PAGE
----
Authorities Say Security Was High But Not Oppressive At First Boston Marathon Since The Bombings
The 118th Boston Marathon took place today amid heavy security a year after the bombings near the race’s finish line that killed three people and wounded more than 260 others.
State and local police officers were highly visible—even positioned on the rooftops of some buildings. Bomb-sniffing dogs checked trash containers. Spectators had to pass through metal detectors to get to some areas. Authorities said the entire 26.2- mile race course was under video surveillance. Helicopters circled overhead.
U.S. Secretary of Homeland Security Jeh Johnson was in Massachusetts Monday to personally oversee the steps that had been taken to protect more than 35,000 runners and approximately one million spectators.
" We are all one team today. It is a remarkable effort of coordination and I am truly impressed by the effort."
Johnson said there were no specific credible threats concerning the marathon.
Officials had promised to strike the right balance with the marathon security plan. They would take every conceivable precaution while at the same time preserving the unique character of the Boston Marathon, which is part international sporting event and part family carnival.
" This is a terrific event and this tradition on this terrific day in Boston will continue. This is a proud tradition that is undiminished," said Johnson.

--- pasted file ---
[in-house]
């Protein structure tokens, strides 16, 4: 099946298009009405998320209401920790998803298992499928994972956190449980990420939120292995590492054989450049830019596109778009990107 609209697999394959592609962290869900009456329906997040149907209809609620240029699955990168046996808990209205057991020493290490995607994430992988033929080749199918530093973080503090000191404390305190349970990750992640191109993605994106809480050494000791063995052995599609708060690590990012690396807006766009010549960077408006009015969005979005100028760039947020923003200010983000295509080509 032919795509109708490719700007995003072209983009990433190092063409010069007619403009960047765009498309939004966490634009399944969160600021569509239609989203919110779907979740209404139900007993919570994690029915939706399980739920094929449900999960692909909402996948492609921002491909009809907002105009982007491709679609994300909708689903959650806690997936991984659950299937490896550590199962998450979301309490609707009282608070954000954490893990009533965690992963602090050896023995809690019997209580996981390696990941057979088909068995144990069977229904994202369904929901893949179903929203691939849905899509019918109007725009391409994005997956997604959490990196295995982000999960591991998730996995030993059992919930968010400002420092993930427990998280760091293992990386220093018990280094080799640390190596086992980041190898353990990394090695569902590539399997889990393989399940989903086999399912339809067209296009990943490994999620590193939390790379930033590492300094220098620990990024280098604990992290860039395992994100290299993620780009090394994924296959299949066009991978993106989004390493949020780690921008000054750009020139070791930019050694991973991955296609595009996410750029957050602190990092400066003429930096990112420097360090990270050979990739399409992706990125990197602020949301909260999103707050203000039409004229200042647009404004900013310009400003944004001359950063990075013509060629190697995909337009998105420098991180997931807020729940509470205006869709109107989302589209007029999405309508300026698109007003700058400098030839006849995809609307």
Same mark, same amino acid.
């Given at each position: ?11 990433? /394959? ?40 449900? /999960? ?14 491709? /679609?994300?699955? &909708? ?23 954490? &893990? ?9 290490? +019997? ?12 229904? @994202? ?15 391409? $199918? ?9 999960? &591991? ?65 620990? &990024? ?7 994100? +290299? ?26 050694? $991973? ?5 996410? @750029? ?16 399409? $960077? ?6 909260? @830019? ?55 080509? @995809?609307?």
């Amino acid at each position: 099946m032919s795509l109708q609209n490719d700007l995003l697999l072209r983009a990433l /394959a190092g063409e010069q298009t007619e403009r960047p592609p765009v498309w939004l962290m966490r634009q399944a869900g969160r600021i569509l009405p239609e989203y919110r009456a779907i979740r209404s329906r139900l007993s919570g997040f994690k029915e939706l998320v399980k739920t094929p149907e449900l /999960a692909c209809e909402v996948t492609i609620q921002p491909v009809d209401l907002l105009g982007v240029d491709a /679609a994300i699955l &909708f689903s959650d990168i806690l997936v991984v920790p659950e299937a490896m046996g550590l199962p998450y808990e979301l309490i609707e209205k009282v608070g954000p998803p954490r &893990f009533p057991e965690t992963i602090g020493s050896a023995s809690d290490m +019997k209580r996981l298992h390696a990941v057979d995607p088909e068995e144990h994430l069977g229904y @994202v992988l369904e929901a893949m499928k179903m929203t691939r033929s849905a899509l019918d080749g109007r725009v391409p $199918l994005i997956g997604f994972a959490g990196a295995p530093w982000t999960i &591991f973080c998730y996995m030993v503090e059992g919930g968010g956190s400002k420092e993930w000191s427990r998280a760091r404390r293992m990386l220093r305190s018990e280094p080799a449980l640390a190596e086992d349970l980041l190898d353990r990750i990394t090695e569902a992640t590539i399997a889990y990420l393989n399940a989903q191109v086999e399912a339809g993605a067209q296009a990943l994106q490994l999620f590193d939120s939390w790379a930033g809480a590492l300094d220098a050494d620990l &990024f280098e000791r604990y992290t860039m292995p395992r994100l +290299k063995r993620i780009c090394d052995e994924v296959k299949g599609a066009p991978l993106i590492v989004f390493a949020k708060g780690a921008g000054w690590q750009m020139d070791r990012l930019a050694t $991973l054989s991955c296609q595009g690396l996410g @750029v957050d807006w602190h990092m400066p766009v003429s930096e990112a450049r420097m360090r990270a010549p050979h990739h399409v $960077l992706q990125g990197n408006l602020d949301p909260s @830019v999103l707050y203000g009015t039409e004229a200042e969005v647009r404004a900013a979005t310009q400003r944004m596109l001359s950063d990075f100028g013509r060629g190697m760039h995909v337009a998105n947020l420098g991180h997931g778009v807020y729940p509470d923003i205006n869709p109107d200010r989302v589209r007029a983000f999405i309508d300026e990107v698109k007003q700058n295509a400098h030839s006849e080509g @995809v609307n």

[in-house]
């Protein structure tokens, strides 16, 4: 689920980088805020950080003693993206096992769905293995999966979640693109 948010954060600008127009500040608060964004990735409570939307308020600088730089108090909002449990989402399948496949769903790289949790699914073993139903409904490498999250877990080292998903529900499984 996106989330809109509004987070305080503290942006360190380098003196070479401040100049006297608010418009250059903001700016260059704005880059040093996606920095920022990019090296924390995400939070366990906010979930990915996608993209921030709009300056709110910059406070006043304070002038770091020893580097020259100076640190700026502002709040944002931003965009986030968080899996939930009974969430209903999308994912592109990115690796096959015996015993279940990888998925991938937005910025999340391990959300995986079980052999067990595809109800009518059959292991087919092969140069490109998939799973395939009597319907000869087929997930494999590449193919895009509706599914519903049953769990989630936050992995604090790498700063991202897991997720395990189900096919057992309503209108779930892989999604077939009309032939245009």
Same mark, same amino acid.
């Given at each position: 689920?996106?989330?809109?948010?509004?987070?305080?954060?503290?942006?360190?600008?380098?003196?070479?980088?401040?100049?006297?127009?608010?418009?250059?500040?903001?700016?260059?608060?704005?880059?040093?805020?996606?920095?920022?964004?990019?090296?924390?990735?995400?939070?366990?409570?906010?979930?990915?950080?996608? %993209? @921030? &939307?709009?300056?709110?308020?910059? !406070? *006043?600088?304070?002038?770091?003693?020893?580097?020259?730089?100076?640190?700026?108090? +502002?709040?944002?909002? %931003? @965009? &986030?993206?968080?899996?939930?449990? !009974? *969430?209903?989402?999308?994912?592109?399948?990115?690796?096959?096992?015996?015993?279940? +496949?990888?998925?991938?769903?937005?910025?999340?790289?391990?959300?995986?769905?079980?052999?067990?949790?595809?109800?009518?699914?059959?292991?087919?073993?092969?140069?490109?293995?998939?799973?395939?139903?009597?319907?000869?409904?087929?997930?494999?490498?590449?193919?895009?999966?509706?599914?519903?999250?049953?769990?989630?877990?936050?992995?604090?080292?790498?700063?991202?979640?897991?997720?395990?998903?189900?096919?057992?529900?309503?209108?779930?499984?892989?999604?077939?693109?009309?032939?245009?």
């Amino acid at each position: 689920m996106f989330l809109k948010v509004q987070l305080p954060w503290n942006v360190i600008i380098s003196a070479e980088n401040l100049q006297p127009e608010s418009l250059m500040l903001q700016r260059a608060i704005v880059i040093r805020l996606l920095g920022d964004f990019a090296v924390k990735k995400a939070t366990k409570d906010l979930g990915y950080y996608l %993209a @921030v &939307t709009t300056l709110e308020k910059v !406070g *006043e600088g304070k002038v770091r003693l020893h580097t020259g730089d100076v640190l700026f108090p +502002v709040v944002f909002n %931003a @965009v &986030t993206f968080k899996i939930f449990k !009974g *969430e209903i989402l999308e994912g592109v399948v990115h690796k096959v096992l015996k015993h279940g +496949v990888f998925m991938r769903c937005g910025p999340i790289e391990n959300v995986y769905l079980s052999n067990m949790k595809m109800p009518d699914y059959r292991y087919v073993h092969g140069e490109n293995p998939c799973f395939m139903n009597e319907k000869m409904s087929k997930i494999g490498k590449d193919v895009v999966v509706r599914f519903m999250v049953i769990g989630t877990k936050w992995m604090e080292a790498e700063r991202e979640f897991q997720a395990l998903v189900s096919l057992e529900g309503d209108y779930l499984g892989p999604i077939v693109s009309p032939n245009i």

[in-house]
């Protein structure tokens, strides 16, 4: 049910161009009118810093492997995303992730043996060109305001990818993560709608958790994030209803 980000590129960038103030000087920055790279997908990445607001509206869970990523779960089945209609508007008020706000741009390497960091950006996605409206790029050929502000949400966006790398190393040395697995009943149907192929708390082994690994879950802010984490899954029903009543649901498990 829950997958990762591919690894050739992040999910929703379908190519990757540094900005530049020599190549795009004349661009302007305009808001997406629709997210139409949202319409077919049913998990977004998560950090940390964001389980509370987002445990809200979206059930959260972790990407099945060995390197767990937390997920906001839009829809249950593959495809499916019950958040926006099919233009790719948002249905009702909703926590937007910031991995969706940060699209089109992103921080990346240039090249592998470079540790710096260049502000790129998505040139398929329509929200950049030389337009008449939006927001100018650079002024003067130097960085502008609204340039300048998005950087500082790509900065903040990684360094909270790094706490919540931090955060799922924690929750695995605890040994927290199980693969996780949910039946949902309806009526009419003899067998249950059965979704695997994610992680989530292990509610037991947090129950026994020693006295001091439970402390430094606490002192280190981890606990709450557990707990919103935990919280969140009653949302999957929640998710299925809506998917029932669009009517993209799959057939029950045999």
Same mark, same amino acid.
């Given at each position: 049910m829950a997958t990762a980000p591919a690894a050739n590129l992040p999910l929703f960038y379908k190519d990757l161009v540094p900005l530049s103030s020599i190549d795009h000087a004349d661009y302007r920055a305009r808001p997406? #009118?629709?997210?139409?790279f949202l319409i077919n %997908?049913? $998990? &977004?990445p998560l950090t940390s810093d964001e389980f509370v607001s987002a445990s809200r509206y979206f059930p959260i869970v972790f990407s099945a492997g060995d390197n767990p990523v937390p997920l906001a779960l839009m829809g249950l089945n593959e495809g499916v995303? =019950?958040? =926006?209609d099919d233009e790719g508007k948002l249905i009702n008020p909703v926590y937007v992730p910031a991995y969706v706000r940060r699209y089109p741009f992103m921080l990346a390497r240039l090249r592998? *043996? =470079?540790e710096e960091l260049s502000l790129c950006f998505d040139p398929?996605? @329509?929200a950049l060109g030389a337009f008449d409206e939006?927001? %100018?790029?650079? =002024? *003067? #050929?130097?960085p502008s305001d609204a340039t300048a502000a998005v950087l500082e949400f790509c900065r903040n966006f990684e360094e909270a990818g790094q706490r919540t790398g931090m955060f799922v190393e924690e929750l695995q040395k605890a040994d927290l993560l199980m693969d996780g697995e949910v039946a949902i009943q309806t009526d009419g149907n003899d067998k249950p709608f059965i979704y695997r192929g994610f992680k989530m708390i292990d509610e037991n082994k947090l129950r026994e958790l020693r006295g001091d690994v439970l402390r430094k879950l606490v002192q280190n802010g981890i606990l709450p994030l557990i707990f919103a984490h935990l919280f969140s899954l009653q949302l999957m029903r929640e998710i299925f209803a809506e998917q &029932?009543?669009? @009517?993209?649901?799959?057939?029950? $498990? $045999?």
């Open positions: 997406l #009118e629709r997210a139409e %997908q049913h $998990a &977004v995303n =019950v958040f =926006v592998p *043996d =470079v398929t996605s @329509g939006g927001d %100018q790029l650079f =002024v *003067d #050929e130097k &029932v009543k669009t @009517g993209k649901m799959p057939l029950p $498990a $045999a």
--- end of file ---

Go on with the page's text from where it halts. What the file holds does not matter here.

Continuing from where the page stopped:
The commander of the Massachusetts State Police Col. Timothy Alben praised race spectators, who he said cooperated with the new security requirements and for the most part refrained from bringing prohibited items such as coolers.
" My experience has been when you ask the public to do something for the sake of public safety they respond in the right way."
And Alben said he heard no complaints about the heightened security.
" I was asking folks what do you see that is different? I've been out there for ten years, and I myself don't notice a great difference."
Authorities could not say if the same level of security would be repeated at next year’s marathon.
Governor Deval Patrick, who spent time Monday at both the start of the marathon in Hopkinton and at the finish on Boylston Street in Boston, said it had been an emotional week in Massachusetts that began with ceremonies April 15th, the actual anniversary of the bombing.
" Our resilience is a thing to behold and it is on display for the whole world but also for each other,"
A total of 35,755 people were registered to participate in the marathon—the second largest field in the 118- year history of the event.